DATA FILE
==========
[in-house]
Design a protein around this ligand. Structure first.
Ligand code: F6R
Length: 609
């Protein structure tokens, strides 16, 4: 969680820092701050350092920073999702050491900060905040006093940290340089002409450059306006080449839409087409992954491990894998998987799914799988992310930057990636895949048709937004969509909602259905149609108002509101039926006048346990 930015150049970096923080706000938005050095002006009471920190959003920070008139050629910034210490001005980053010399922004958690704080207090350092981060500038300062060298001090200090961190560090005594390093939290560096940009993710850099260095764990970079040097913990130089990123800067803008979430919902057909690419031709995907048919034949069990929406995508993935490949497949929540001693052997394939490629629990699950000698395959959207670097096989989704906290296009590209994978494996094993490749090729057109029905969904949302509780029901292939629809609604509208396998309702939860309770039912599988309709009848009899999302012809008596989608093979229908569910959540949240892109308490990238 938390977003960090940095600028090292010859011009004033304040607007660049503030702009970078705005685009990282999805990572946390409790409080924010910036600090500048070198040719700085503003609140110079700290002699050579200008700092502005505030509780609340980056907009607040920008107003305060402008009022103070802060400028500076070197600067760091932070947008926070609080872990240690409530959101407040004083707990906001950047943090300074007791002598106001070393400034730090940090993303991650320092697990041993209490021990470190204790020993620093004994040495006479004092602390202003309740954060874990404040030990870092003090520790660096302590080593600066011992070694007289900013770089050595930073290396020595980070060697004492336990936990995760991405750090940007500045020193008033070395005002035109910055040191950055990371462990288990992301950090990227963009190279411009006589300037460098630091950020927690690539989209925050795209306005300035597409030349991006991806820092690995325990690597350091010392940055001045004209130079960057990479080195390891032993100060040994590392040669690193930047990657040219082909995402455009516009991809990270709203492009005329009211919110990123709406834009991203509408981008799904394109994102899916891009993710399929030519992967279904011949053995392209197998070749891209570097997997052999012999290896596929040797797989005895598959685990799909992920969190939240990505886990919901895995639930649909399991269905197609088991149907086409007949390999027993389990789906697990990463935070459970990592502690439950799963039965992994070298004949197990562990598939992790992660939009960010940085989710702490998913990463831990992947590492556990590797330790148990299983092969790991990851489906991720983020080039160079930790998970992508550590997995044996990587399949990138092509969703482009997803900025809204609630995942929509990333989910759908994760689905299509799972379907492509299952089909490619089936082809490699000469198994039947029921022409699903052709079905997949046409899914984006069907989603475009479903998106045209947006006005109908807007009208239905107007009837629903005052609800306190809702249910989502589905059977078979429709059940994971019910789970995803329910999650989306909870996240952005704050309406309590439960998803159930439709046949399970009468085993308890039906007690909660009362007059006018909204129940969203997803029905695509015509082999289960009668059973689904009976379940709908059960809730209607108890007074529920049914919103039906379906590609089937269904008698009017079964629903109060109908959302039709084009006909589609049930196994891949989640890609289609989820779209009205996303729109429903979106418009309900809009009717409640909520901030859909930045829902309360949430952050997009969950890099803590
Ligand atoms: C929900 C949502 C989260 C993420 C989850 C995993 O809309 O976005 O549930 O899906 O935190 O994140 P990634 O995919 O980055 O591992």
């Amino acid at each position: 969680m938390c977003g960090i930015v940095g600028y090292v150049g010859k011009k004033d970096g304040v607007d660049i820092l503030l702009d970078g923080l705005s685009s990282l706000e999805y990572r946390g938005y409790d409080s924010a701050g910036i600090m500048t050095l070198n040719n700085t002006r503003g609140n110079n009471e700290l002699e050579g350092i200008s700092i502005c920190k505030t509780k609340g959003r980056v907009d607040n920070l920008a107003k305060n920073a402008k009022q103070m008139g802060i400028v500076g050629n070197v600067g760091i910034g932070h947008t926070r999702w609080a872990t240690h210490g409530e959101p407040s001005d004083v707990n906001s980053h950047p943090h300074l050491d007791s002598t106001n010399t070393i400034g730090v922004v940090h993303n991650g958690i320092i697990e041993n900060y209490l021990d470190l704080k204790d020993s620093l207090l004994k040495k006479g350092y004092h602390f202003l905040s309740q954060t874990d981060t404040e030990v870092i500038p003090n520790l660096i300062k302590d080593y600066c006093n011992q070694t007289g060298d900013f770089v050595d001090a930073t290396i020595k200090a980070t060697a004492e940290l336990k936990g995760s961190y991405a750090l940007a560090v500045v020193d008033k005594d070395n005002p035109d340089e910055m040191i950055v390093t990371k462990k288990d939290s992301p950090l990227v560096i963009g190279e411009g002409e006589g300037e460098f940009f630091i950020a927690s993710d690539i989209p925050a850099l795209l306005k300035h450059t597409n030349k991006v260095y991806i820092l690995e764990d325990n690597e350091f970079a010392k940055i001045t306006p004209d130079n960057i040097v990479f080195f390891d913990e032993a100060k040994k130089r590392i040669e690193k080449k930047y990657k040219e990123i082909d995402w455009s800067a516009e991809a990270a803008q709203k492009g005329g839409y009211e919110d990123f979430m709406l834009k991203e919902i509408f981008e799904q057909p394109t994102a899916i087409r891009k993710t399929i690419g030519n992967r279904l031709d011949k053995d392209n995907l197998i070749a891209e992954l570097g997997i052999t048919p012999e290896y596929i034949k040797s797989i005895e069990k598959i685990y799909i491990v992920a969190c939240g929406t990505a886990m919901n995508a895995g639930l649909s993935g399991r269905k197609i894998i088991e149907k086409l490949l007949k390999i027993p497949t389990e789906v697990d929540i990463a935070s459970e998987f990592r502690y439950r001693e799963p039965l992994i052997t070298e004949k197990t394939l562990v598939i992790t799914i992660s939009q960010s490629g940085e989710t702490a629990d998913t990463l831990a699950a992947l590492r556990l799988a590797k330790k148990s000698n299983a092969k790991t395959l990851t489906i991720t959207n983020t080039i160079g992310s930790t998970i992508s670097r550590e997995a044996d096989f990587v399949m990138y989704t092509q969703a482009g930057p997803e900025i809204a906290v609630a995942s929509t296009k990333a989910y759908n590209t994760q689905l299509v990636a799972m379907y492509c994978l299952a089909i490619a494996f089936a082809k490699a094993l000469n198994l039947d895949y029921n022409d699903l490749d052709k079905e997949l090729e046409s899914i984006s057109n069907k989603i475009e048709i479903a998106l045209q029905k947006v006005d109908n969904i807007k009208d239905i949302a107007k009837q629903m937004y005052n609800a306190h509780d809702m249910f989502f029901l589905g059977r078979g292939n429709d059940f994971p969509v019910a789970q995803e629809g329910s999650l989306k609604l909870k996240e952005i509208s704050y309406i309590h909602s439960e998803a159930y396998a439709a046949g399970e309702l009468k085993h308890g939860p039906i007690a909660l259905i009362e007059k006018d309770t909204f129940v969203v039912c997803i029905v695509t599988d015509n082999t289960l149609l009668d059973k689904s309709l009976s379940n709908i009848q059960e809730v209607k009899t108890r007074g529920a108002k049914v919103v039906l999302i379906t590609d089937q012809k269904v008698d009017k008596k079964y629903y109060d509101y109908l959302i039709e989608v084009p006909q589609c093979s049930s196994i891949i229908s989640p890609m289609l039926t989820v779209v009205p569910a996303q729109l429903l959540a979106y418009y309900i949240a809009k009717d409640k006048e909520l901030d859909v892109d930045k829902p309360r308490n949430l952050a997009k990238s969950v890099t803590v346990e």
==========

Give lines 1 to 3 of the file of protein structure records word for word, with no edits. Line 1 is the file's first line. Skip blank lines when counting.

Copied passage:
[in-house]
Design a protein around this ligand. Structure first.
Ligand code: F6R